Brief Origin of Lacrosse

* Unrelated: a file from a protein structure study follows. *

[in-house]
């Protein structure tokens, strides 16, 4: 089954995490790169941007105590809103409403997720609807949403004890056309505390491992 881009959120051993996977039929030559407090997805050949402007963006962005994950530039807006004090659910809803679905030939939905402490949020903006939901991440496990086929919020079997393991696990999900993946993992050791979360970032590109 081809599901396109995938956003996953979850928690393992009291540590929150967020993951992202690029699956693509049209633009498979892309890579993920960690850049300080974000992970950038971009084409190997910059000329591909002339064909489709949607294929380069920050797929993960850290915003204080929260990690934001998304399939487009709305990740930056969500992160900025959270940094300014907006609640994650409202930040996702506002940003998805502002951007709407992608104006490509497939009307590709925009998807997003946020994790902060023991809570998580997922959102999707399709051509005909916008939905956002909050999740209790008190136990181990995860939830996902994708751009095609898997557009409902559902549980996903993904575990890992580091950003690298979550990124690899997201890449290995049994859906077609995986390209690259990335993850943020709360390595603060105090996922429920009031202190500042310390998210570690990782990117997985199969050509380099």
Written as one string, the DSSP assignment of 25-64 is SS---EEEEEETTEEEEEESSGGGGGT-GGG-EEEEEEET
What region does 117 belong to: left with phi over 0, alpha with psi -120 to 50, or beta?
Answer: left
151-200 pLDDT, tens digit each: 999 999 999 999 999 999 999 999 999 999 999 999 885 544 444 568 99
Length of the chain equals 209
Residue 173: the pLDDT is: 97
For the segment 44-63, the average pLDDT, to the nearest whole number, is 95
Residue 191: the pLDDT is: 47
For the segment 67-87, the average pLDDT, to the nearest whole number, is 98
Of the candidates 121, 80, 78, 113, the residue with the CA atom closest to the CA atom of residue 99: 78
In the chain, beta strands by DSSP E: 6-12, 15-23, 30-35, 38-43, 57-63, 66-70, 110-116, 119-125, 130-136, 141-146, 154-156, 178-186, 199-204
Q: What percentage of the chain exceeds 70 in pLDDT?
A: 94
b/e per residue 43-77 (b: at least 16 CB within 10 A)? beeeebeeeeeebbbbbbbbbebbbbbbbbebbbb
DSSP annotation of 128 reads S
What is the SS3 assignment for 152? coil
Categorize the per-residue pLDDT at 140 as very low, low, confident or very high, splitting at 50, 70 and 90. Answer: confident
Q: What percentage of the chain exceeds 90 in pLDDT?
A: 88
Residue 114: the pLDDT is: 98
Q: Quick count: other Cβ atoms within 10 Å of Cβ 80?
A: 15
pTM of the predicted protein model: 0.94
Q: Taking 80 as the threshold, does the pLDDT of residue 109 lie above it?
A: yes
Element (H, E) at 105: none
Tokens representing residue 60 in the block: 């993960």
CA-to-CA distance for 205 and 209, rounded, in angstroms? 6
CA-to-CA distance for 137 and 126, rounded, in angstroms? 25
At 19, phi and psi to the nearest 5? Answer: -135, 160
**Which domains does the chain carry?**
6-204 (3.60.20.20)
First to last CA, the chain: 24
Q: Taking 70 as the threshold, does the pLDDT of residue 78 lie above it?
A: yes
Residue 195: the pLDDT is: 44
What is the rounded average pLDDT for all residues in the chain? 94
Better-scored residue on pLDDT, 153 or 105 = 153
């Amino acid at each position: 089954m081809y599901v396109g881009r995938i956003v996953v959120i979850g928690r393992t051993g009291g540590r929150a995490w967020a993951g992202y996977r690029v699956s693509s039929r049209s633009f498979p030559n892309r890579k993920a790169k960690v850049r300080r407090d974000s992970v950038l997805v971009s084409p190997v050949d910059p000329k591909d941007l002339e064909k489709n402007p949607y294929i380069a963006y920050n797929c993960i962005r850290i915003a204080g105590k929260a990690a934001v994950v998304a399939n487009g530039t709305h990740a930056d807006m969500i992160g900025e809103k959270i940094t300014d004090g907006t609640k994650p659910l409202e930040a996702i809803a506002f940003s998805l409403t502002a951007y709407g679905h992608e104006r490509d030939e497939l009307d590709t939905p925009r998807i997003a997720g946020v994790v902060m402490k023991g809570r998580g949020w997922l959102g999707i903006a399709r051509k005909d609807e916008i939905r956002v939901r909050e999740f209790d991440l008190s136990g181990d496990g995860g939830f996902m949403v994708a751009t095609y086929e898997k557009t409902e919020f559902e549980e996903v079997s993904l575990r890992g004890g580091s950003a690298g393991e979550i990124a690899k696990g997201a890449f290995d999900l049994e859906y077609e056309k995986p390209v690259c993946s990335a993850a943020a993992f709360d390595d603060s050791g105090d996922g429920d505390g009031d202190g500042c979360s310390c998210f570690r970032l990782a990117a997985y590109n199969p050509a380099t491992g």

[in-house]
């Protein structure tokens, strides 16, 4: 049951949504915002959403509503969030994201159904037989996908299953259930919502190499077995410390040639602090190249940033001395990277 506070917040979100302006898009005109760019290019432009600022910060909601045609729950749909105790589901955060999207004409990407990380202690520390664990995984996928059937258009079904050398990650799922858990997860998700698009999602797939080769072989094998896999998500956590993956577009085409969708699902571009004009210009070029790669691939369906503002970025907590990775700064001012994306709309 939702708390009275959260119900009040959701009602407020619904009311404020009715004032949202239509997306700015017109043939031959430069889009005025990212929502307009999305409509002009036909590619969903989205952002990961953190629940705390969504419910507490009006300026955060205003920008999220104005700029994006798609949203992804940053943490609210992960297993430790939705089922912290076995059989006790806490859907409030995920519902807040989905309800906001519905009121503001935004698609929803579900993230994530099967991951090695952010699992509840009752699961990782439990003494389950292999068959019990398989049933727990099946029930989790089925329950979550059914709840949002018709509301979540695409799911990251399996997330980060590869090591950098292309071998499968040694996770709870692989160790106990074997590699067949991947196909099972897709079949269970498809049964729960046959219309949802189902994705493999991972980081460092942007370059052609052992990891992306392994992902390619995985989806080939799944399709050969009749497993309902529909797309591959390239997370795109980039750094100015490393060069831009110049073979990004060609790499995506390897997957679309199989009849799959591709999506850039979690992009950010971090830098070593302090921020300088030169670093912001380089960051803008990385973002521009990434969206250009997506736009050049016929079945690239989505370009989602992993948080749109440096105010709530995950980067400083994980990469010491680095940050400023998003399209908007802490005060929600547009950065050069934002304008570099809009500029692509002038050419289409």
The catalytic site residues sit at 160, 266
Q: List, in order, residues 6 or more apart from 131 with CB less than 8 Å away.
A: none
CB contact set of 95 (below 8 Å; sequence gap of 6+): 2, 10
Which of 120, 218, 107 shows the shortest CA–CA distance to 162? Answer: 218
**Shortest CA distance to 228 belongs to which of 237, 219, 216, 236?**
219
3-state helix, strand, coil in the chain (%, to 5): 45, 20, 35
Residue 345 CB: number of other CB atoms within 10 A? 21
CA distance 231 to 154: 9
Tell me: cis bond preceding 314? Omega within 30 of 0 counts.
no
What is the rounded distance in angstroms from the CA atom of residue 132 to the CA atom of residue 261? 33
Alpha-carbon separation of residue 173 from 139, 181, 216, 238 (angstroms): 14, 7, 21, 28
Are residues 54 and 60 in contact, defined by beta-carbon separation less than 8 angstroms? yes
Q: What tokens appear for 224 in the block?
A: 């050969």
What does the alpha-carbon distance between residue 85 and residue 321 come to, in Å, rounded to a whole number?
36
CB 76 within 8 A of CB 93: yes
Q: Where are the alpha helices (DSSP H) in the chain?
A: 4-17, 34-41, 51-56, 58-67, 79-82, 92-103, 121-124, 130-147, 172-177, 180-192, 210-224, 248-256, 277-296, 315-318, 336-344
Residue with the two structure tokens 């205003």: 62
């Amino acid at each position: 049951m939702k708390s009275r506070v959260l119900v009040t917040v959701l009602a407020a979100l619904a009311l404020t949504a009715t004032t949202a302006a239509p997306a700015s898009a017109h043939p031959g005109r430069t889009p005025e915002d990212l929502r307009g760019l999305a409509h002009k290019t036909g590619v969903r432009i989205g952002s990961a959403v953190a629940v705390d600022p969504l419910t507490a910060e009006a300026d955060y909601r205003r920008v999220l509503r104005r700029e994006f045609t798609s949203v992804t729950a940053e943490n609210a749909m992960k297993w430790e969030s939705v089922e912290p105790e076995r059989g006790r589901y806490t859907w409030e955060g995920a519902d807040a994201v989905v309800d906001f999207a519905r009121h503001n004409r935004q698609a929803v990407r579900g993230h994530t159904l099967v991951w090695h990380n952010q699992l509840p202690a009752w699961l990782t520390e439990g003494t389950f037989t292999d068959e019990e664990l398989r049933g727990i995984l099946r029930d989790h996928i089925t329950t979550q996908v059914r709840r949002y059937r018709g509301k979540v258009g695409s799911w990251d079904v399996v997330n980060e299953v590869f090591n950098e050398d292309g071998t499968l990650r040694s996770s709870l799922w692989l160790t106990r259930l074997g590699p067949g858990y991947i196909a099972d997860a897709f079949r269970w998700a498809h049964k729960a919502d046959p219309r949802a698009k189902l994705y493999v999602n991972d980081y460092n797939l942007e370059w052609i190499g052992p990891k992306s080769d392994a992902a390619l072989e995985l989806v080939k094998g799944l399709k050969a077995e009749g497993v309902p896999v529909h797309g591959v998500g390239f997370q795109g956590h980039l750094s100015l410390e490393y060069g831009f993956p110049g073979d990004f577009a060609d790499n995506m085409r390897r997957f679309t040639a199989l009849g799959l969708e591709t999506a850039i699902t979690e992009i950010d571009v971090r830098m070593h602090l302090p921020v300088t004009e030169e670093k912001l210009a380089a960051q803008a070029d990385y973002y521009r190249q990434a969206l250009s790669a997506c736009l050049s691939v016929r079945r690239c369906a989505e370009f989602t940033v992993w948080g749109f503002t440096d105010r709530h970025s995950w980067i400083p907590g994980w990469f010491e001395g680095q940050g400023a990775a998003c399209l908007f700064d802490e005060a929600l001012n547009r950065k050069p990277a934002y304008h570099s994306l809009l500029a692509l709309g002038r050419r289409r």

The exact origins of the Indigenous game of “lacrosse” are unknown. The game was, and is, referred to by a few names, among them are Creator’s Game, Baggataway, and “little brother of war” or Tewaaraton. In the seventeenth century, a missionary named Jean de Brebeuf coined the name “lacrosse” because the sticks carried by players resembled the curved tip ('crosse") of a shepherd's staff (also the top of a bishop's staff in the Catholic Church). Lacrosse was spiritual, physical, and ceremonial to Native American participants and observers. One of its purposes was to train for war. The Haudenosaunee Five Nations ("Iroquois") would bury a man with his lacrosse stick so that he could play in the next life. The rules for the game varied among different tribes, time periods, and regions. It is important for today’s fans and participants of lacrosse to learn, teach, and embody the history and significance of lacrosse.